- EDWARDS AIR FORCE BASE, Calif.
(UPI) -- While the Air Force gets to the bottom of a potential $690 million
cost overrun for the F/A-22 Raptor program, the cutting-edge fighter has
apparently been meeting expectations in the skies over California.
- Lockheed-Martin announced Friday that the high-priced
warplane that is seen as the United States' frontline fighter of the future
passed a developmental milestone this week when it destroyed a target drone
while both were flying at supersonic speeds.
- "This test marked the first time a Raptor, flying
at supersonic speeds, has been used to detect, track and launch a radar-guided
missile against an aerial target also traveling faster than the speed of
sound," said Lockheed Martin's F/A-22 Avionics Systems Manager Tony
- Air Force Major James Dutton did the honors on Tuesday
when he destroyed an oncoming drone with a medium-range missile while streaking
35,000 feet above the Pacific Ocean at around 900 miles per hour, or 1.5
times the speed of sound.
- Dutton's aircraft, one of seven Raptors undergoing regular
test flights from isolated Edwards Air Force Base in the California high
desert, locked on to the approaching target drone, which was flying 15,000
feet higher and approaching on a head-on course.
- "This 'nose-to-nose, 12 o'clock-high look-up' shot
would be extremely difficult for today's fighters because of the small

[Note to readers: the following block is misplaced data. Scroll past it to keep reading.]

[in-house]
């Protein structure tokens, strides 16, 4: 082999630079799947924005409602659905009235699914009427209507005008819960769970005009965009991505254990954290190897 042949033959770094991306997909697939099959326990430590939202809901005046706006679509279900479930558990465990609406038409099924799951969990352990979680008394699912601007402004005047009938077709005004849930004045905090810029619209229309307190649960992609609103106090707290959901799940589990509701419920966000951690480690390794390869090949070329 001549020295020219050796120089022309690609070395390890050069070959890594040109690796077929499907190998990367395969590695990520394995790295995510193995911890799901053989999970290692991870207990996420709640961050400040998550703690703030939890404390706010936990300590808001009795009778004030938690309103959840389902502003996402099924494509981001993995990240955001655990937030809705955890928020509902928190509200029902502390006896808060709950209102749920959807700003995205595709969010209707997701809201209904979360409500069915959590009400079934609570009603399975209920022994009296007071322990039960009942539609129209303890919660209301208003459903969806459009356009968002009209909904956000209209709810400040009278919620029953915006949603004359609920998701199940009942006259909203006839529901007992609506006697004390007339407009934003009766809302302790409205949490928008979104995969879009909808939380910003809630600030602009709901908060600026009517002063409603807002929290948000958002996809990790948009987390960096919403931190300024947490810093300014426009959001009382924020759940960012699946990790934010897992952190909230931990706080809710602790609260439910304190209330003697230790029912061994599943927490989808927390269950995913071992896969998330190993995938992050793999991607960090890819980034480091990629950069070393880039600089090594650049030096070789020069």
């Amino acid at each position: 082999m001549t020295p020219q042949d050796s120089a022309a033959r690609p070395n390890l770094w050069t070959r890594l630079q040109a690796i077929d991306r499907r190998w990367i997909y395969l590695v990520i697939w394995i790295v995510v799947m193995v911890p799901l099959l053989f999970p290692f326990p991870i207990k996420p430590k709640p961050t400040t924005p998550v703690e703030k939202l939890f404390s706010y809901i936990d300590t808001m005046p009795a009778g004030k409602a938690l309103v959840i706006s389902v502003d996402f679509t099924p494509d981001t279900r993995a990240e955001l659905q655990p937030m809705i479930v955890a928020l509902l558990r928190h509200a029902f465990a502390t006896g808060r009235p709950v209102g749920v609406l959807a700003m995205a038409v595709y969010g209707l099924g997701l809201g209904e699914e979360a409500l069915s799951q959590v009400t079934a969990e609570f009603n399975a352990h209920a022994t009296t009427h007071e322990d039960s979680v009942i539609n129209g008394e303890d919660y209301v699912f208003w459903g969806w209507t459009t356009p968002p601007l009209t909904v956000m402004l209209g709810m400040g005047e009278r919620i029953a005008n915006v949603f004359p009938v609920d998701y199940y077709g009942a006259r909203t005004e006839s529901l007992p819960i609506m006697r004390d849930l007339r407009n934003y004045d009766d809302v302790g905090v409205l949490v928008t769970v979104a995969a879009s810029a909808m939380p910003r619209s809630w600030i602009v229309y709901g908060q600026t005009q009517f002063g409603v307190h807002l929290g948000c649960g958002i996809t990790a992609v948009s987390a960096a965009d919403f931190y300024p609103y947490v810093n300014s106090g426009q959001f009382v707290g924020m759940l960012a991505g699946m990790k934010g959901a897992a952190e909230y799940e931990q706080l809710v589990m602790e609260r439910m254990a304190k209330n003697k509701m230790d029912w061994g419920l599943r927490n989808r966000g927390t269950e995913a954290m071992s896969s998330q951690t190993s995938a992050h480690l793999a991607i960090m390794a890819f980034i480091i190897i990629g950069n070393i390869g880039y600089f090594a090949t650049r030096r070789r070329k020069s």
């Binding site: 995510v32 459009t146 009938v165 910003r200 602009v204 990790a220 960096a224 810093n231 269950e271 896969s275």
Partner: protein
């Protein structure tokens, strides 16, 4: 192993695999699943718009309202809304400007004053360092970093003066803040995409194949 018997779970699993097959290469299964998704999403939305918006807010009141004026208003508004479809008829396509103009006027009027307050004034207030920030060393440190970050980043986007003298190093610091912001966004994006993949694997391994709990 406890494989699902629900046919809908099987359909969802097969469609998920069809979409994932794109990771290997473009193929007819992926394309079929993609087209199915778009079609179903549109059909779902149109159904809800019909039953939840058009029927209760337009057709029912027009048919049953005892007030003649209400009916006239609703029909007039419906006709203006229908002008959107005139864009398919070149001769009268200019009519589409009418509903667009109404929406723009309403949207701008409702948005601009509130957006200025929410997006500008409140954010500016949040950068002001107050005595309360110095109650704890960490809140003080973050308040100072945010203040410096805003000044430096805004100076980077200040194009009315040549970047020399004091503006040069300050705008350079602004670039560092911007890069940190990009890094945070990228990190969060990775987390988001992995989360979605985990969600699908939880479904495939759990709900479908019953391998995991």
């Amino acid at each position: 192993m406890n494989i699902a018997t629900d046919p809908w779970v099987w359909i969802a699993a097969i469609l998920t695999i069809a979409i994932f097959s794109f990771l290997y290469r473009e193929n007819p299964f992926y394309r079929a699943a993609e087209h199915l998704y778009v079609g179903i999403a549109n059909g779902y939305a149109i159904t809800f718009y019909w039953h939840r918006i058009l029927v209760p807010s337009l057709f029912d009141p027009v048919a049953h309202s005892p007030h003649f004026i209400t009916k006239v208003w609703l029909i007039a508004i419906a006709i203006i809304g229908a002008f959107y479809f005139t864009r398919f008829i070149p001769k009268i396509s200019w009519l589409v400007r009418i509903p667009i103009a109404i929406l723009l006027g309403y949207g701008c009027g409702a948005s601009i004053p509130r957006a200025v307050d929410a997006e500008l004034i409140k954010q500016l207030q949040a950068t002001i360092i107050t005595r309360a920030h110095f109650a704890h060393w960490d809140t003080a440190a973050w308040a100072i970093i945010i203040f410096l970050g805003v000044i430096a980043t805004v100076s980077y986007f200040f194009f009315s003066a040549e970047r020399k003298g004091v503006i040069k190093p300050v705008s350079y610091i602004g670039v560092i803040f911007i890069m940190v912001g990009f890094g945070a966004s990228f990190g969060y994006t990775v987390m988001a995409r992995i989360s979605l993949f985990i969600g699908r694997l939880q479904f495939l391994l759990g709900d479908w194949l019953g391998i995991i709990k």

size and extremely quick closure rates of the target drone and intercept
aircraft," Keith said in a press release. "The F/A-22's avionics
acquired the target at a distance sufficient to allow the pilot ample time
to make a successful intercept."
- The flight satisfied one of the goals set by the Pentagon
as the F/A-22 is prepared to become the United States' "air dominance"
fighter beginning in 2005. Built with a stealth fuselage design, the Raptor
is designed to detect and lock on to enemy aircraft at great distances,
giving the American pilot the chance to the take the crucial first shot
in an impending dogfight.
- "This test effectively and successfully demonstrated
the 'first-look, first-shoot, first- kill' capability of the F/A-22's advanced
integrated avionics," Keith crowed.
- All is not well within the Raptor program, however, as
the plane's price tag appeared about to grow fatter with revelations by
the Air Force on Thursday that the F/A-22 program faced cost overruns of
some $690 million. At an estimated cost of $99 million each, the plane
is already considered the most expensive ever built, and Congress has put
a $45 billion budget cap on the program.
- The Air Force Friday put together a panel of financial
and technical experts to look into the overruns that Chief of Staff Gen.
John P. Jumper said were apparently the result of manufacturing issues
and not the plane's advanced technology.
- "The F/A-22 is essential to America's security in
the 21st century, and we will get to the bottom of this issue," Jumper
said in a statement, adding that the program remained on schedule.
- Defense Department officials refused to comment on whether
the cost report might lead to Secretary of Defense Donald Rumsfeld order
the program scaled back or even canceled, saying they would wait until
the panel reported back later this month.
- "We don't know the circumstances of what happened
yet," Pentagon spokeswoman Victoria Clarke told reporters Friday.
"I think he was pleased that (UnderSecretary of Defense) Pete Aldridge
jumped on top of it right away...and that they're going to get to the bottom
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